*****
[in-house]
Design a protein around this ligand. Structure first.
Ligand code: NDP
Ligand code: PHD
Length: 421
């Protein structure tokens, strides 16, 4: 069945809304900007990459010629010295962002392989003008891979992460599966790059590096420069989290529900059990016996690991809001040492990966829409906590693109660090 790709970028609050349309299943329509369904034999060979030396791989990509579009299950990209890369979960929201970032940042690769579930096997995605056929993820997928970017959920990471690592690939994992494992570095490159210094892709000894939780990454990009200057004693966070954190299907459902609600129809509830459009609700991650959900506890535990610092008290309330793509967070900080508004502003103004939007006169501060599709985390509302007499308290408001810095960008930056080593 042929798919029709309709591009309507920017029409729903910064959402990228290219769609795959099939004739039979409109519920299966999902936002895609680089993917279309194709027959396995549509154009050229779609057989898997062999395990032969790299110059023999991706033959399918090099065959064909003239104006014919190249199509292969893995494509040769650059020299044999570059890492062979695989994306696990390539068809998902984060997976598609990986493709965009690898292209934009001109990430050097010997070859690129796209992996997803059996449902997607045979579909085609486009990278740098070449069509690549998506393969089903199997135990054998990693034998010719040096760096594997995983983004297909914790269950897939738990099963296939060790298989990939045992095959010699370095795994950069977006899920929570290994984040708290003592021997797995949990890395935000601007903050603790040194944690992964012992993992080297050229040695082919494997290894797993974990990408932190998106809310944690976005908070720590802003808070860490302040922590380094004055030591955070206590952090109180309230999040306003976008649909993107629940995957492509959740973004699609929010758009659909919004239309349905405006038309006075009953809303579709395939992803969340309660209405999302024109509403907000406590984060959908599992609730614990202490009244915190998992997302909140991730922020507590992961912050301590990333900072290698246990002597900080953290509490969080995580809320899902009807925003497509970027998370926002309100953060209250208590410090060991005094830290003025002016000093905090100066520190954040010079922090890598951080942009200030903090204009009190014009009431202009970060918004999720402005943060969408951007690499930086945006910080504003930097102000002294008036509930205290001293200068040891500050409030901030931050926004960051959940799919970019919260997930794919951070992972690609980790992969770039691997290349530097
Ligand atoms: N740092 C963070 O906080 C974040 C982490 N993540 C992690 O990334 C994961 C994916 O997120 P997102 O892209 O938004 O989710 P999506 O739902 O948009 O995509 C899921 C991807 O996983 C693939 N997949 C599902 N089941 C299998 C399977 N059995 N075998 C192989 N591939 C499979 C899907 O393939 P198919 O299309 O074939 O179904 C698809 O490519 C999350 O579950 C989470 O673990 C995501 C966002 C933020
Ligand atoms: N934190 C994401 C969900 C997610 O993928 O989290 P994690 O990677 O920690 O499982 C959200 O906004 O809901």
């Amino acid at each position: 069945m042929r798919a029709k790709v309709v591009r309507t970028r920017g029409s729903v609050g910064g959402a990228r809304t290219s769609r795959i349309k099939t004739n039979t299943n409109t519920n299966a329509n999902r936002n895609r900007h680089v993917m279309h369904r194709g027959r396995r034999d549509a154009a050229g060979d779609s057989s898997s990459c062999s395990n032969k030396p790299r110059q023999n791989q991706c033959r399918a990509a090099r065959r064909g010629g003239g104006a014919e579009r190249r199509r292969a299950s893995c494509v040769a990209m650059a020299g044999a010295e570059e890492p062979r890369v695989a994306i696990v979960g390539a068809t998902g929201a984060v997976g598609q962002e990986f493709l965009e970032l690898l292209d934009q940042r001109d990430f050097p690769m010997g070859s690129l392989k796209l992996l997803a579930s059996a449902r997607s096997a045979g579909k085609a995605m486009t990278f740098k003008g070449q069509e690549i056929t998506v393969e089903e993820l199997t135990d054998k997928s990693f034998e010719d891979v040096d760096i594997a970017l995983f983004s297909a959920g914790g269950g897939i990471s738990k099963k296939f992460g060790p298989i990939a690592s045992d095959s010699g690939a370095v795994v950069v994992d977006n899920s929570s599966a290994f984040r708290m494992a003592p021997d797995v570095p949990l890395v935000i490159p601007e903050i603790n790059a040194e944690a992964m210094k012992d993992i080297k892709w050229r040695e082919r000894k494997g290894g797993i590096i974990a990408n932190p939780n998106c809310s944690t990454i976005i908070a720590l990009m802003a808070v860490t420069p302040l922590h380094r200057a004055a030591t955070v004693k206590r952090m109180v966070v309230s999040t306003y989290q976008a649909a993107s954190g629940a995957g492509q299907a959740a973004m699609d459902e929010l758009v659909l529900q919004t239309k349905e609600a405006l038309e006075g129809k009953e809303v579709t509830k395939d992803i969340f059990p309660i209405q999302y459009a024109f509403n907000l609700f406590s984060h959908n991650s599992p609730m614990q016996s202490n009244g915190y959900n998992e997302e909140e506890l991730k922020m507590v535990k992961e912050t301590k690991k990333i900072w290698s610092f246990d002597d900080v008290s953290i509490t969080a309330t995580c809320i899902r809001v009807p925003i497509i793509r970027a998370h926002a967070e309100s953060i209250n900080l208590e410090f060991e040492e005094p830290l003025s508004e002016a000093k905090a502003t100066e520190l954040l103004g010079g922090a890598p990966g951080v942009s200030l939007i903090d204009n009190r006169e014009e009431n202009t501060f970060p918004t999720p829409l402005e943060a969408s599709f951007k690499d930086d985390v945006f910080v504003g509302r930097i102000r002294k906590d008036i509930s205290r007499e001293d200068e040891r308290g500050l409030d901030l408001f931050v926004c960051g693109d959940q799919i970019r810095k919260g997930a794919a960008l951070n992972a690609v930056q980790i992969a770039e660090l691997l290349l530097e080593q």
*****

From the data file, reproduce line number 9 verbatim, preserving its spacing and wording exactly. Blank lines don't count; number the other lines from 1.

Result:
């Amino acid at each position: 069945m042929r798919a029709k790709v309709v591009r309507t970028r920017g029409s729903v609050g910064g959402a990228r809304t290219s769609r795959i349309k099939t004739n039979t299943n409109t519920n299966a329509n999902r936002n895609r900007h680089v993917m279309h369904r194709g027959r396995r034999d549509a154009a050229g060979d779609s057989s898997s990459c062999s395990n032969k030396p790299r110059q023999n791989q991706c033959r399918a990509a090099r065959r064909g010629g003239g104006a014919e579009r190249r199509r292969a299950s893995c494509v040769a990209m650059a020299g044999a010295e570059e890492p062979r890369v695989a994306i696990v979960g390539a068809t998902g929201a984060v997976g598609q962002e990986f493709l965009e970032l690898l292209d934009q940042r001109d990430f050097p690769m010997g070859s690129l392989k796209l992996l997803a579930s059996a449902r997607s096997a045979g579909k085609a995605m486009t990278f740098k003008g070449q069509e690549i056929t998506v393969e089903e993820l199997t135990d054998k997928s990693f034998e010719d891979v040096d760096i594997a970017l995983f983004s297909a959920g914790g269950g897939i990471s738990k099963k296939f992460g060790p298989i990939a690592s045992d095959s010699g690939a370095v795994v950069v994992d977006n899920s929570s599966a290994f984040r708290m494992a003592p021997d797995v570095p949990l890395v935000i490159p601007e903050i603790n790059a040194e944690a992964m210094k012992d993992i080297k892709w050229r040695e082919r000894k494997g290894g797993i590096i974990a990408n932190p939780n998106c809310s944690t990454i976005i908070a720590l990009m802003a808070v860490t420069p302040l922590h380094r200057a004055a030591t955070v004693k206590r952090m109180v966070v309230s999040t306003y989290q976008a649909a993107s954190g629940a995957g492509q299907a959740a973004m699609d459902e929010l758009v659909l529900q919004t239309k349905e609600a405006l038309e006075g129809k009953e809303v579709t509830k395939d992803i969340f059990p309660i209405q999302y459009a024109f509403n907000l609700f406590s984060h959908n991650s599992p609730m614990q016996s202490n009244g915190y959900n998992e997302e909140e506890l991730k922020m507590v535990k992961e912050t301590k690991k990333i900072w290698s610092f246990d002597d900080v008290s953290i509490t969080a309330t995580c809320i899902r809001v009807p925003i497509i793509r970027a998370h926002a967070e309100s953060i209250n900080l208590e410090f060991e040492e005094p830290l003025s508004e002016a000093k905090a502003t100066e520190l954040l103004g010079g922090a890598p990966g951080v942009s200030l939007i903090d204009n009190r006169e014009e009431n202009t501060f970060p918004t999720p829409l402005e943060a969408s599709f951007k690499d930086d985390v945006f910080v504003g509302r930097i102000r002294k906590d008036i509930s205290r007499e001293d200068e040891r308290g500050l409030d901030l408001f931050v926004c960051g693109d959940q799919i970019r810095k919260g997930a794919a960008l951070n992972a690609v930056q980790i992969a770039e660090l691997l290349l530097e080593q």